RES: [Advaita-l] New member introduction: Asad Mustafa Rizvi
rama.balasubramanian at gmail.com
Thu Jan 25 16:35:08 CST 2007
On 1/25/07, asad mustafa <asad.mustafa at yahoo.co.in> wrote:
> Dear Mr. Amuthan and Mr. Ramesh:
> I may be mistaken about mainstream beliefs of hinduism, but my observation was not without any basis. I personally know quite a few hindus. When I got curious about Ramana Maharishi, I first asked them about him. Frankly, they were as clueless as me. Some of them had vaguely heard Ramana's name, some showed a namesake respect but most of them did not know anything at all about him.
> Mind you, I am not talking about irreligious atheist type hindus. I am talking about mainstream, God fearing, temple going hindus. In my circle of hindu friends, I do not know anyone who knows about Ramana Maharishi's teachings. Though it is possible that I might have met a seriously biased sample of hindus yet not very likely. I have a pretty large circle of hindu friends.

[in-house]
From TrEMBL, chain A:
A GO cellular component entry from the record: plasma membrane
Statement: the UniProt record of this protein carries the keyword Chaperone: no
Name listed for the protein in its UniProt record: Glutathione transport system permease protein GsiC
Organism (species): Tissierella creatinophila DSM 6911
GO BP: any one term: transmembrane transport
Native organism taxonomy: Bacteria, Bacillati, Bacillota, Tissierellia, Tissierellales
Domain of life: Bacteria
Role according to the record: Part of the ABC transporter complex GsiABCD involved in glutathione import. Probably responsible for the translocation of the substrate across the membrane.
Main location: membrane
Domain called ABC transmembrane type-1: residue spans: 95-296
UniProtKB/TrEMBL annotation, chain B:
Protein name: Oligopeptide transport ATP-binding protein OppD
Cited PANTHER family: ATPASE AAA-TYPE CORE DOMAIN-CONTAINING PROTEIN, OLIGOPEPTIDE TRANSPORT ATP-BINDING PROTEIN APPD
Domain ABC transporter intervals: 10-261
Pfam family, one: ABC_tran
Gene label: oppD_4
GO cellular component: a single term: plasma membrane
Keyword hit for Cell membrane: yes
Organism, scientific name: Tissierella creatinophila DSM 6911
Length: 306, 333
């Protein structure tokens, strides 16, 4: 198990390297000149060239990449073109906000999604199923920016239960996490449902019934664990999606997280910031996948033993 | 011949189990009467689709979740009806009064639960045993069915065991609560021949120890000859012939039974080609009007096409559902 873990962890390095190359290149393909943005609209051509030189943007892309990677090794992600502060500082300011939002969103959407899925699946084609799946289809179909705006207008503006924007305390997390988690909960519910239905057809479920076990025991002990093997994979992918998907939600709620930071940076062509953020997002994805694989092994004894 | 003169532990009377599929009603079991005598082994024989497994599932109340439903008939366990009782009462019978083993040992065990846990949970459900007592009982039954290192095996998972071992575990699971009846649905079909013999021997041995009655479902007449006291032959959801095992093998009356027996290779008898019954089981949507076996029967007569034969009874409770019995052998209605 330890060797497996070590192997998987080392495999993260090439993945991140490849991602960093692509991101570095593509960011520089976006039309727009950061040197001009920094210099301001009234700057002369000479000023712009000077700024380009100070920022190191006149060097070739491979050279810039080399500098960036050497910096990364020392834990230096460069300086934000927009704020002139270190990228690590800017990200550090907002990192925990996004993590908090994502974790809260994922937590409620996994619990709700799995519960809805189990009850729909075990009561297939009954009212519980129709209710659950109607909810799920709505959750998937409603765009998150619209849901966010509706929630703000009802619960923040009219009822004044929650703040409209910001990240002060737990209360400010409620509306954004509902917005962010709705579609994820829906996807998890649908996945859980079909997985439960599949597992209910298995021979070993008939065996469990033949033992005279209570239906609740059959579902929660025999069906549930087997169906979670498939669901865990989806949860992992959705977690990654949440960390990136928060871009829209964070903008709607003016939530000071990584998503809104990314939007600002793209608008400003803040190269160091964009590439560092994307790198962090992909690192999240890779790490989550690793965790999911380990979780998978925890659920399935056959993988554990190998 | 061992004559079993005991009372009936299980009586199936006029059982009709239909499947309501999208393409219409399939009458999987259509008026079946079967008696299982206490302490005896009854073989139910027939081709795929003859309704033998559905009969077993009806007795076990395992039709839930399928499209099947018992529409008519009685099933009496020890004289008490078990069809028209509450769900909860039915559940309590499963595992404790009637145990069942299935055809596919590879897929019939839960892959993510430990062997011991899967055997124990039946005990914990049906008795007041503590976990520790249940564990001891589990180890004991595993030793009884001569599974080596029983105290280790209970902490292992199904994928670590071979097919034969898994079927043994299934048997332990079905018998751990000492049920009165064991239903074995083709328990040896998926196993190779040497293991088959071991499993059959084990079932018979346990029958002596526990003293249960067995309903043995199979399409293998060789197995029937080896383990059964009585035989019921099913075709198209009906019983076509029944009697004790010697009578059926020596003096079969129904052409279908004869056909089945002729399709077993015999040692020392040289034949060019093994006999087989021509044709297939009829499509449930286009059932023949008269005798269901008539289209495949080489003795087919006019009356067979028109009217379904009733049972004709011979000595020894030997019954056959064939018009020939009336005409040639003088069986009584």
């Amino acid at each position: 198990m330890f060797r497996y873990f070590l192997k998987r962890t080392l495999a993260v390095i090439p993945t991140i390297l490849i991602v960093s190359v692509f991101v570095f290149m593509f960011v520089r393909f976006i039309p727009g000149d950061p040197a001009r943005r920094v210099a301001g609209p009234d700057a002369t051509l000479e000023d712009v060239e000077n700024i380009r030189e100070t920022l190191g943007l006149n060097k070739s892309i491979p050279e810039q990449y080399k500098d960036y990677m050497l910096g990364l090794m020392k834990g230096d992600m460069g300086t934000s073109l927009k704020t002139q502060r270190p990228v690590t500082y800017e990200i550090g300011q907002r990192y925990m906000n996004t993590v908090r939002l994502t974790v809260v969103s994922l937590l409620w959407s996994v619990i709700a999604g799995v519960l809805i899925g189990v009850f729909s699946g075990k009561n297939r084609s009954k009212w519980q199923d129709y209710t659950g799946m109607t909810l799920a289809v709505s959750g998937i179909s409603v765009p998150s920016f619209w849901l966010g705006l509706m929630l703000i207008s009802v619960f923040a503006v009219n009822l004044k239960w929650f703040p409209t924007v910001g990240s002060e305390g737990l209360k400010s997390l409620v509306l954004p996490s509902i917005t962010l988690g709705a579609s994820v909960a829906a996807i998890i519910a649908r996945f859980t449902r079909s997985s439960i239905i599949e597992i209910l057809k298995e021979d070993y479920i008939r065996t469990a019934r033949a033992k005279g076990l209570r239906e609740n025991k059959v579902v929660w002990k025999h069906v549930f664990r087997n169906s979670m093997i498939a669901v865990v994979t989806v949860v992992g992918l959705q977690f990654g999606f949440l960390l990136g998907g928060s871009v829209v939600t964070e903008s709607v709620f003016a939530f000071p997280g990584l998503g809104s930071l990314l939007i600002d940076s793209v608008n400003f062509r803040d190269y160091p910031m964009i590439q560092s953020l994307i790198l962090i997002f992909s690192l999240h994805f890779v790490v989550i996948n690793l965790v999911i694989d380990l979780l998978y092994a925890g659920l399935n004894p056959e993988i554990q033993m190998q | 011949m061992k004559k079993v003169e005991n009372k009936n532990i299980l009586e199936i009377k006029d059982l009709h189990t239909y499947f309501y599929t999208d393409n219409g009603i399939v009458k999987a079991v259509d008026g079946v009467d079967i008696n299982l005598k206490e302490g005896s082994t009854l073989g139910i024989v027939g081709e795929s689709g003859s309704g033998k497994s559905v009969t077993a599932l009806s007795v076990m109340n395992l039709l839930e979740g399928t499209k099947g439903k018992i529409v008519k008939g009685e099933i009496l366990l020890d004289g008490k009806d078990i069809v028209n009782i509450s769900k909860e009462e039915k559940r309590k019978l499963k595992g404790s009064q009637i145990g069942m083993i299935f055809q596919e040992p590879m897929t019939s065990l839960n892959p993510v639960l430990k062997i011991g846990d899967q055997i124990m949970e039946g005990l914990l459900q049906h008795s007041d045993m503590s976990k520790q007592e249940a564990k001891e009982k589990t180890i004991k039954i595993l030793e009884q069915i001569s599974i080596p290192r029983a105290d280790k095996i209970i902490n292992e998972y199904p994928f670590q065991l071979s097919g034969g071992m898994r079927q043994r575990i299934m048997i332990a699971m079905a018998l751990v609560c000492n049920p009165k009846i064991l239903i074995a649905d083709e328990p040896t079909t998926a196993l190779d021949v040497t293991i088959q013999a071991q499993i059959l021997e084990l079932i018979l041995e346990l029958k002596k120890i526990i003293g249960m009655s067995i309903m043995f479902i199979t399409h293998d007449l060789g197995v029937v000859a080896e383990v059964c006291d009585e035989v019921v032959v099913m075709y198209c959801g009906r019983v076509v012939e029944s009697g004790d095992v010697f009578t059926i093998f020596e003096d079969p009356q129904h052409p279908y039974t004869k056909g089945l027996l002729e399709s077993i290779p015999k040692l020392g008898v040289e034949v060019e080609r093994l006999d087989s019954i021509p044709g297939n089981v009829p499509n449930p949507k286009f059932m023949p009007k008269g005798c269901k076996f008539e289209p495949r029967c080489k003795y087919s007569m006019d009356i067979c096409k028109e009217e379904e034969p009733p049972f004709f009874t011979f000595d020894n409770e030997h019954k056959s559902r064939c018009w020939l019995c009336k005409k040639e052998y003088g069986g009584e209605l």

> It makes me wonder if advaita vedanta is really as prominent in hinduism as you say it is.
Most gurus are popular only regionally in Hinduism. For example, it's
unlikely any one outside Tamil Nadu, pockets of Andhra and Karnataka
would have heard of Ramana. One Swami Satchidanandendra Saraswati is
very popular in Karnataka, but I hadn't even heard his name, though I
had been studying advaitic texts for a good 10+ years before I came
across his books (through this list). Ramanuja is hailed as a great
philosopher in the south, especially in Tamil Nadu. But go to UP, and
you'll probably meet with blank stares.
But you are right, the popularity of advaita or any other
philosophical system, and especially advaita, is usually greatly
overstated. Most Hindus follow some basic rules and that's pretty much
it. But I am pretty sure that is the case in many religions. How many
Catholics would have made an in-depth study of Aquinas? Sunday mass is
probably the limit for most even religious ones.
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